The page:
Korean Company Kakao Lands In Controversy After Launching Free Messaging App Kakao Talk For PC

Korean Company Kakao launches PC version in the home country but lands in a controversy of collecting MAC addresses of PC users. Though the company has a given official press releases stating how they work and the claims are false.

Kakao, the maker of popular mobile messaging service Kakao Talk from South Korea had said in May that they are going to launch a desktop version by June. TNW had recently published a story confirming the release and International users will get the service by 26th June.

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However, the launch has now landed in a bit of controversy. The Korea Herald published a story yesterday saying that Kakao Talk, the nation’s top mobile messenger, is collecting the MAC addresses of users’ devices. The move has been described as one to prevent multiple downloads.

The news brought in some concerns as a MAC address is a unique identifier given to all Internet-enabled devices and could cause significant security issues if it lands up in wrong hands. But Kakao has rejected the reports and has addressed that the company has no intention in collecting MAC addresses and has been falsely reported. TNW which published the story has shared a company statement that provides clarity on how it identifies PC downloads.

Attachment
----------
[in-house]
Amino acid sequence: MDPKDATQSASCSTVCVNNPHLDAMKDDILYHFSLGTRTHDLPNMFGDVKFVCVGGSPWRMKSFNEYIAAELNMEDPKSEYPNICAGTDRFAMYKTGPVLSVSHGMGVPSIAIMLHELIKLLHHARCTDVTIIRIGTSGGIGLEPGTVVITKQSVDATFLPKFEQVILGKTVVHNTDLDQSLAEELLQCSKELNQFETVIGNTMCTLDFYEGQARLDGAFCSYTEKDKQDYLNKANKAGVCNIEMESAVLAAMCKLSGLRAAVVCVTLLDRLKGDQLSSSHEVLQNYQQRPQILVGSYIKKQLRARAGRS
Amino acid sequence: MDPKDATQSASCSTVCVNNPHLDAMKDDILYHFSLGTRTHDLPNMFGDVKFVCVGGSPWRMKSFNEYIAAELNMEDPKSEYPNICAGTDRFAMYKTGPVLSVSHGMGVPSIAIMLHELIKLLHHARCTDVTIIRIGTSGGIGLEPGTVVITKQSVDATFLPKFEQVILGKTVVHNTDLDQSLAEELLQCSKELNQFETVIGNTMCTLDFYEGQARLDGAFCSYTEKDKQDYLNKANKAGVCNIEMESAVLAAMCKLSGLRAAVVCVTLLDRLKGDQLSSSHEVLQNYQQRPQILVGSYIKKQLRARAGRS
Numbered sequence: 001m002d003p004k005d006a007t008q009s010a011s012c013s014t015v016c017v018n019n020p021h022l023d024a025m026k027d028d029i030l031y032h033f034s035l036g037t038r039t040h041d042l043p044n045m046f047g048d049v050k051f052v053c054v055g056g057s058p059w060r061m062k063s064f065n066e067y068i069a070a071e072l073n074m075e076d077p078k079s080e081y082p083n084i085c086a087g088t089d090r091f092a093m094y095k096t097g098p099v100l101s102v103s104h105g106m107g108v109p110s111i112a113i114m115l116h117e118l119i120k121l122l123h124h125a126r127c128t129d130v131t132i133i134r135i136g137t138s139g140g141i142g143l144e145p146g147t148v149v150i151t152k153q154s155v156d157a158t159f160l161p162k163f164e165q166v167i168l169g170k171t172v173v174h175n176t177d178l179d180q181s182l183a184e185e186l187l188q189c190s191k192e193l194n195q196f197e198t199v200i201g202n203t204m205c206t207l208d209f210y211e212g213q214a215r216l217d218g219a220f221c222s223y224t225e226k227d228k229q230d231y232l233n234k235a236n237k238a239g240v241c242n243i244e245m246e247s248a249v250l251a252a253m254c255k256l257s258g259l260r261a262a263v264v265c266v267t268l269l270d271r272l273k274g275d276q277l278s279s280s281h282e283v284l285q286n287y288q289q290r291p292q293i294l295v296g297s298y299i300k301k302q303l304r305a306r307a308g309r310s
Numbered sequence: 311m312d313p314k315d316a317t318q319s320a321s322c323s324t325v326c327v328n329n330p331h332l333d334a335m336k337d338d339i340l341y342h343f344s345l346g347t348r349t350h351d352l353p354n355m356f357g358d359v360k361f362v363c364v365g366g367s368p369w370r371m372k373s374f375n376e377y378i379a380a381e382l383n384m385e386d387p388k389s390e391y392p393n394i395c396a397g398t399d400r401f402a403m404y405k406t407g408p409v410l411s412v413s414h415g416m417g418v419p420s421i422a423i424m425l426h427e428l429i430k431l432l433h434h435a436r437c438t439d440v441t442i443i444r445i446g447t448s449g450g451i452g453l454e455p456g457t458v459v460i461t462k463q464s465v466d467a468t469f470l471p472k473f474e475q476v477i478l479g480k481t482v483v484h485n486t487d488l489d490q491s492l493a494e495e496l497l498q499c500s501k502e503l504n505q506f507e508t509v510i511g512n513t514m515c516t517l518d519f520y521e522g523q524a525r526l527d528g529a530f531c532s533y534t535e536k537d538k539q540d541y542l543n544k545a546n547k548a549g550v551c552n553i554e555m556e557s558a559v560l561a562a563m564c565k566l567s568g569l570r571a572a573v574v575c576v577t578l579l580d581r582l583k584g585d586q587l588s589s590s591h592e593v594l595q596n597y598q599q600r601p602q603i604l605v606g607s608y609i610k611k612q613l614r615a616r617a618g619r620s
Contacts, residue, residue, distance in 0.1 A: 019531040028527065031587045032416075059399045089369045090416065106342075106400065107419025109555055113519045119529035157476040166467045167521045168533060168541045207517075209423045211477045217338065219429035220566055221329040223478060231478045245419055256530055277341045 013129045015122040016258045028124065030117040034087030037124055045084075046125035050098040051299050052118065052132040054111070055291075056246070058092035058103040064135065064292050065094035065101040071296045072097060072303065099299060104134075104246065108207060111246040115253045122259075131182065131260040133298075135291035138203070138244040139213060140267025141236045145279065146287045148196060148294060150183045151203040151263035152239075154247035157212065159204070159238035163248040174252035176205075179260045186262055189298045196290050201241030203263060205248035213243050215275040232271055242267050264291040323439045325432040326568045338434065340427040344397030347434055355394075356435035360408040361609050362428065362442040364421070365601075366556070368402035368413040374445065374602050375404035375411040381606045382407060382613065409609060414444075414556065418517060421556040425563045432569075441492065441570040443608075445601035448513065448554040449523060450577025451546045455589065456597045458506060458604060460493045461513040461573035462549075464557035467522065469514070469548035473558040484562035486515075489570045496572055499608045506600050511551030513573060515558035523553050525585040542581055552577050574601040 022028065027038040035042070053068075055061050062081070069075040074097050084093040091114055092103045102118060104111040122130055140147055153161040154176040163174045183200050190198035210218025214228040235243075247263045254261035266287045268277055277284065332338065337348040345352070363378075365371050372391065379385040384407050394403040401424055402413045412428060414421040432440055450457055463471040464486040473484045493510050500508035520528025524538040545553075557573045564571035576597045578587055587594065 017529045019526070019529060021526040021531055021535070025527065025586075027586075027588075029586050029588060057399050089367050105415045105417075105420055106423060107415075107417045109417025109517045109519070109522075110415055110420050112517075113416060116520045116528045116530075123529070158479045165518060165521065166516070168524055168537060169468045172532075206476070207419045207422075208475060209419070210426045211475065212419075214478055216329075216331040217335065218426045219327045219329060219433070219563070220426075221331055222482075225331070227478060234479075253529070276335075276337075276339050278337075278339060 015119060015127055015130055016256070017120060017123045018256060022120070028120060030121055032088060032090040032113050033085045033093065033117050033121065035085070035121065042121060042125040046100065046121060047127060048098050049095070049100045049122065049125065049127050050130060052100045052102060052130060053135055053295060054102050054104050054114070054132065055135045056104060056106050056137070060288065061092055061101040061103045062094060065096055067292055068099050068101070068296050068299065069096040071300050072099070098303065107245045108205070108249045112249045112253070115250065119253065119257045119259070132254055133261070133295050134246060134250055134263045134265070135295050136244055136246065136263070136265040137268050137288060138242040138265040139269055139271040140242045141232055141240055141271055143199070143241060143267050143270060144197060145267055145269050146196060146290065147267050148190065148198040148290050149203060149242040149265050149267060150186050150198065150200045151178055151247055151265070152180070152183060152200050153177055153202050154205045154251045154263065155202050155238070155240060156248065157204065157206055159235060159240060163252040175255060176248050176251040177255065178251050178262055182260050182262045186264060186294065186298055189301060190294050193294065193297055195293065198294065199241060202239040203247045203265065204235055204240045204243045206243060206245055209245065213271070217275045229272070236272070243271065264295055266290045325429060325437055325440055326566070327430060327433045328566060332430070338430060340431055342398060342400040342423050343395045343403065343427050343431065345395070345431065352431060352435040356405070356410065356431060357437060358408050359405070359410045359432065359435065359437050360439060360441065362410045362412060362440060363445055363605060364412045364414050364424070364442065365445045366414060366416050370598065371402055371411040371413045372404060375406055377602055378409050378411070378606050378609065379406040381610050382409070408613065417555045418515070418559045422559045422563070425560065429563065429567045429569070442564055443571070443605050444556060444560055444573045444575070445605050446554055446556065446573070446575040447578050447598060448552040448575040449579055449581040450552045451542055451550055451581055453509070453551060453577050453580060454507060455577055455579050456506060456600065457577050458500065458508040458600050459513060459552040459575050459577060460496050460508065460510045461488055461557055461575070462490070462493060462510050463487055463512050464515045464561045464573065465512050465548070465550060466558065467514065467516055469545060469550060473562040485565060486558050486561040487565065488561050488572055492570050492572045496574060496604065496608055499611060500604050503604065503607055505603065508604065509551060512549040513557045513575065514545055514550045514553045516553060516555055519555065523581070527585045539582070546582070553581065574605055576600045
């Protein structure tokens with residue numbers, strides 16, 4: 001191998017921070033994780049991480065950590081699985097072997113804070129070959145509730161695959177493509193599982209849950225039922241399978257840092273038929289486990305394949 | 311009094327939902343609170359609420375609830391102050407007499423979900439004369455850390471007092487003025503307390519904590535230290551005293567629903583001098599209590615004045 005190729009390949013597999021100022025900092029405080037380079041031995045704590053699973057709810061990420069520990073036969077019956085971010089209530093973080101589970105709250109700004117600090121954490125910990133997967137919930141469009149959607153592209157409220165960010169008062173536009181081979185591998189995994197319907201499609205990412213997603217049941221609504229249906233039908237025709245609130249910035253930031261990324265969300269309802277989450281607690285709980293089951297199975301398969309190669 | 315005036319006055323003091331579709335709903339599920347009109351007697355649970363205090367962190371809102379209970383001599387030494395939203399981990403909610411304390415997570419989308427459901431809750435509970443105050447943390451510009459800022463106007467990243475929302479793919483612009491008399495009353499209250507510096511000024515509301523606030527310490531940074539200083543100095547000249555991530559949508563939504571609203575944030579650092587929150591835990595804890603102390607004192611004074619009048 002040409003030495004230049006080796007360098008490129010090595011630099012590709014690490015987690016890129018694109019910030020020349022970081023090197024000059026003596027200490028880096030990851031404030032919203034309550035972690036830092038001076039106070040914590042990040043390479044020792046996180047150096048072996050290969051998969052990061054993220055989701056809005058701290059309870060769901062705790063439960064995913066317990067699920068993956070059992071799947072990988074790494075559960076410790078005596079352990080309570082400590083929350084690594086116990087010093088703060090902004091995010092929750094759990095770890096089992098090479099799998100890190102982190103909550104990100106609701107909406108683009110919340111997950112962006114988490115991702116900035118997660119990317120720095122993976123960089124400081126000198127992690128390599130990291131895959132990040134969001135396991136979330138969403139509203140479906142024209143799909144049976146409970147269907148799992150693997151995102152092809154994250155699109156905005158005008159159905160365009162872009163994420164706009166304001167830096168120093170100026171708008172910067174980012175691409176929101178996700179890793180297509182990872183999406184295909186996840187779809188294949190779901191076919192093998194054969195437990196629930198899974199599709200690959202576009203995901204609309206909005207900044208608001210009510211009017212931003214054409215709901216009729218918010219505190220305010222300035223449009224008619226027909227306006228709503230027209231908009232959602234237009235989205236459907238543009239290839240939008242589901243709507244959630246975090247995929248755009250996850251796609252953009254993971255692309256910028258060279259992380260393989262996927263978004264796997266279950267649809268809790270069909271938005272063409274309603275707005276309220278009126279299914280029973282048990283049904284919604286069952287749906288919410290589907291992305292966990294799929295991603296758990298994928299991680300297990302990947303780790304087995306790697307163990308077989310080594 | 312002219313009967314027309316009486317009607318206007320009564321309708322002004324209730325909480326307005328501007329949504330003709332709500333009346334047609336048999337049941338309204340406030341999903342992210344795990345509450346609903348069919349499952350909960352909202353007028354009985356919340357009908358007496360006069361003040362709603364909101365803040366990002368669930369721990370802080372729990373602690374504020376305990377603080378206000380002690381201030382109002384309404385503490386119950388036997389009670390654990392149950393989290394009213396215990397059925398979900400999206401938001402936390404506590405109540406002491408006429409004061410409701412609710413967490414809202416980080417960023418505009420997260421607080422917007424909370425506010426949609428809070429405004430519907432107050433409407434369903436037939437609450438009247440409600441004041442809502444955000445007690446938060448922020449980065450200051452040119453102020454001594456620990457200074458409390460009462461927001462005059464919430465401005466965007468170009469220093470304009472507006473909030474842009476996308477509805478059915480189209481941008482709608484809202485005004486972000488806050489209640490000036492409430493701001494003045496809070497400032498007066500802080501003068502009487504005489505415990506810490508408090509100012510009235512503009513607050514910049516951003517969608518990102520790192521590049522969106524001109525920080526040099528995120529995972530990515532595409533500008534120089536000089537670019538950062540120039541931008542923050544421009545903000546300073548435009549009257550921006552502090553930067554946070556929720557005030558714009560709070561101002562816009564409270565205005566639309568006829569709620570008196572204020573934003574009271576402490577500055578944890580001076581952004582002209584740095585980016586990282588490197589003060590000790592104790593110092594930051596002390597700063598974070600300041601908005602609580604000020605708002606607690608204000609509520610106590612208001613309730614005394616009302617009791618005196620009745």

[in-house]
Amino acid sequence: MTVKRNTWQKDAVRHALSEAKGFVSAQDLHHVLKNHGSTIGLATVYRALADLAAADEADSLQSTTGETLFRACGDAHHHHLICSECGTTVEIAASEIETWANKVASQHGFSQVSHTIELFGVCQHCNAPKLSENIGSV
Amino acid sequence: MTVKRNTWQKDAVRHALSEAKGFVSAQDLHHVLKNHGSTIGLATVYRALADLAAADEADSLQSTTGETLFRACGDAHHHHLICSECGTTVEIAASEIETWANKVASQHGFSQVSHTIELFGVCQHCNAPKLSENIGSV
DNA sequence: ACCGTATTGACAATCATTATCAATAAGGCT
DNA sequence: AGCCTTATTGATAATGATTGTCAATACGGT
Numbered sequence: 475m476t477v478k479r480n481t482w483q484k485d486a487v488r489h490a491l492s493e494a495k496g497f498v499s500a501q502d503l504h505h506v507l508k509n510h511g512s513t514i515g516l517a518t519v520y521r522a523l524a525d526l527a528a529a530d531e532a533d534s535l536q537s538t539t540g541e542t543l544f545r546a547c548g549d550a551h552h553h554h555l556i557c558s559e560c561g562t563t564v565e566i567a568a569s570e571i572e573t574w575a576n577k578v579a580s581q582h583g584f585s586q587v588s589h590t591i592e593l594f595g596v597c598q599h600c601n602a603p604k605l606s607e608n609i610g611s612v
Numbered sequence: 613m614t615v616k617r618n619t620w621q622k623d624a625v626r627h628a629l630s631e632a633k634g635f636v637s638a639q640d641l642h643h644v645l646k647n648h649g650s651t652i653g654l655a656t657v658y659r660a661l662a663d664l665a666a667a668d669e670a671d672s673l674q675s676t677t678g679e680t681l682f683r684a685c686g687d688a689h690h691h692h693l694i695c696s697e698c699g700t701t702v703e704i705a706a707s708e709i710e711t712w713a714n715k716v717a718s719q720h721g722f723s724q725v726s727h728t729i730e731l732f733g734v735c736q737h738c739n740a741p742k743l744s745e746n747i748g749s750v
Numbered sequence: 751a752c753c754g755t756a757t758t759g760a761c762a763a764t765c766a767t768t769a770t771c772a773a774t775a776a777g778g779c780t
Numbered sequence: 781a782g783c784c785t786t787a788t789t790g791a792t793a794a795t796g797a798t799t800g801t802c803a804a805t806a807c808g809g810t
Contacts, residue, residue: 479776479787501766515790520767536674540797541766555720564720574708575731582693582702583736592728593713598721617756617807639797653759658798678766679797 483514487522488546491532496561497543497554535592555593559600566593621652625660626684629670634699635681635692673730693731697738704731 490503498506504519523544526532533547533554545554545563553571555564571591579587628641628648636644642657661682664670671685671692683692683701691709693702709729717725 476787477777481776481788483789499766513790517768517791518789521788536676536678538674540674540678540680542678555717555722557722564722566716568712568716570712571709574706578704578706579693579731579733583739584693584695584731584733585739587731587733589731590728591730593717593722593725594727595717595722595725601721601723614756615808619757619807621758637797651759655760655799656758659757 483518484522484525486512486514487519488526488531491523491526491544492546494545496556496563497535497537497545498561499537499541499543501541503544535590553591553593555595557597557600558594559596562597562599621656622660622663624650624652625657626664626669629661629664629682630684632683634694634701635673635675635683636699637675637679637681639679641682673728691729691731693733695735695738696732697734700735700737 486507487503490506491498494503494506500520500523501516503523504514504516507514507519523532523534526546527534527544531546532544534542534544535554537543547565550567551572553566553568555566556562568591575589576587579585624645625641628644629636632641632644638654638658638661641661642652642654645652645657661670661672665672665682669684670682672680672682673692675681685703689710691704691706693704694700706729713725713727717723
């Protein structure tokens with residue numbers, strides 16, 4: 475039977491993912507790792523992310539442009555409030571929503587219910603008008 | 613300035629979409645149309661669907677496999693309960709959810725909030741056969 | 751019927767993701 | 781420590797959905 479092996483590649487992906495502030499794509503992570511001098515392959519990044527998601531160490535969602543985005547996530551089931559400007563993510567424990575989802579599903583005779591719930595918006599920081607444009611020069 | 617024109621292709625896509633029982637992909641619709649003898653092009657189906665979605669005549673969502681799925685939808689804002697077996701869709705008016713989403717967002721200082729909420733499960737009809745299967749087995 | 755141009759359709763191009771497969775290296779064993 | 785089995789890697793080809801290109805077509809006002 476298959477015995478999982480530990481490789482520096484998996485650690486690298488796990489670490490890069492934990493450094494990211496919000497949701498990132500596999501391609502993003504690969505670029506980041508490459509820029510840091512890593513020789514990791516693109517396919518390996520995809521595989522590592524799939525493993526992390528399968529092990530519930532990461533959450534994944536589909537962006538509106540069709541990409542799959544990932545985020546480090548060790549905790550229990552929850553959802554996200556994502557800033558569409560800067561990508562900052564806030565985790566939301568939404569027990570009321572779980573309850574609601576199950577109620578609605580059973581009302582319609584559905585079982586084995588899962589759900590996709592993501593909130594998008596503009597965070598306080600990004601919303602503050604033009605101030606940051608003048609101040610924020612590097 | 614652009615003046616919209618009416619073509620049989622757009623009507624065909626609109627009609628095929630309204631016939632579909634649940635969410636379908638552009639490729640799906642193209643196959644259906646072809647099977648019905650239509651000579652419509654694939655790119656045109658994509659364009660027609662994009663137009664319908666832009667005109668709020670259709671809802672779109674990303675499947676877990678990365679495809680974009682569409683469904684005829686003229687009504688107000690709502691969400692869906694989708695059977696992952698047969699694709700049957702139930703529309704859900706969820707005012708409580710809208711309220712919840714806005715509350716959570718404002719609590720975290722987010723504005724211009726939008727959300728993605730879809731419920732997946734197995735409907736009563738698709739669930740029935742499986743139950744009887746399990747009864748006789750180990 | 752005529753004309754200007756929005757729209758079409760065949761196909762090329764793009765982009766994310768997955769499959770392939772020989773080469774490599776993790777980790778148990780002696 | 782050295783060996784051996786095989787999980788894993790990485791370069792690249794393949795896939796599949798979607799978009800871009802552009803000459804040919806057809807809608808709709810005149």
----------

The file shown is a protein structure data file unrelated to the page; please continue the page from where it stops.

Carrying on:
With KakaoTalk PC, we generate a hash code (a undecodable unique identification code) for individual computer devices based on various hardware information in order to distinguish individual devices, but the MAC address is not part of the information that is collected in this process.

The information we extract from the LAN card is the device model information, which is used to check whether a user was using a wire or wireless network connection. This information is only collected when an error has occurred and when the user decides to send an error report to Kakao.

Wonder what made Korea Herald publish a story related to MAC addresses; may be the LAN card information might have raised confusion. Not sure if they approached the company before publishing the claims.

Nevertheless, the PC launch of Kakao is believed to dramatically change the landscape of South Korea’s instant messaging market. The free messaging app that was launched in 2010 in all major mobile platforms has 90 million registered users worldwide. With the latest development Kakao has increased the chances of users potentially switching to the desktop version and giving a stiff competition to NateOn, the messenger service by SK Communications Co. – leading PC messaging service in South Korea with a market share of more than 80 percent.

The latest features such as the launch of Kakao Home a Facebook Home style launcher app in its home country which clocked one million downloads in a matter of 13 days along with the PC version, will add value for its users.